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3

As I understand, GCM will also be broken by quantum computing The idea that GCM would be broken is, at best, questionable; it is broken only in the scenario where you allow the attacker to make entangled queries, and is returned entangled answers. That is, for this to be an applicable attack, the implementation under attack must also be a Quantum ...


2

Just an additional point of information from the field. The NIST spec is strict in not allowing this, and it has good properties if an API does not do this. For example it protects against naive usage of the API which streams partial responses to some processing code which might execute commands or reveal timing information in side channels. However the ...


4

There are several reasons for an authenticated decryption (with AES-GCM or any other AE or AEAD mechanism) not to return any plaintext if the ciphertext is not authentic (i.e if the tag does not match). One danger is if the calling code starts using the partially decrypted plaintext. Suppose the caller does something with the beginning of the plaintext, then ...


5

Is it acceptable to return the wrong plaintext if the tag is incorrect? No. For one, it's against the spec quoted in question. How bad is it to return the wrong plaintext anyway? It's bad at least because if the AES-GCM API returned the wrong plaintext, then the software on top of the API might unwillingly use that wrong plaintext, just ignoring that it's ...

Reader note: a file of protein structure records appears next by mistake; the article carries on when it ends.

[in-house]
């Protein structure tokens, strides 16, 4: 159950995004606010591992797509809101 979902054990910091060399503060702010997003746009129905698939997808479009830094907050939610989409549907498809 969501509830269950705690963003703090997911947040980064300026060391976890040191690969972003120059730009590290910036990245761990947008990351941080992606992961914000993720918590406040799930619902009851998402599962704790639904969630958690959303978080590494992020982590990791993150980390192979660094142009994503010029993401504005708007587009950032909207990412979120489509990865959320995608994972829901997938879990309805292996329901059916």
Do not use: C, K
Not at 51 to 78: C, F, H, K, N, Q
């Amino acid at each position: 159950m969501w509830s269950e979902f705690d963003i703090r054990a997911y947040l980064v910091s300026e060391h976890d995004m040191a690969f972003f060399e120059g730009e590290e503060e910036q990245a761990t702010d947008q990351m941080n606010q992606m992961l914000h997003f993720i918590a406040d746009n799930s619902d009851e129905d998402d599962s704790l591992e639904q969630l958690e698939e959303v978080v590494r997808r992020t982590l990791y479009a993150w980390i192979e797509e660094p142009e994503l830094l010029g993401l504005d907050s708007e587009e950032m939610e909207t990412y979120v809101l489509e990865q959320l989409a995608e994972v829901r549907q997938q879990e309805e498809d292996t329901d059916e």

14

There is an article* that answers the question in the negative for GCM and CCM. The article introduces the first formalization of the Releasing Unverified Plaintext (RUP) setting. The related security notion is the Ind-RUP. The security question is can an adversary forge messages with unverified messages? In this game, confidentiality is not relevant, since ...


10

how can we prevent the cipher from being returned in case the tag is wrong ? As far as I understand, to compute the tag the decryption process must be done entirely. Actually, GCM decryption can be done in a two-step procedure: Step 1: compute the expected GCM tag (which is a function of the ciphertext, AAD, teh secret H value, combined with the nonce and ...


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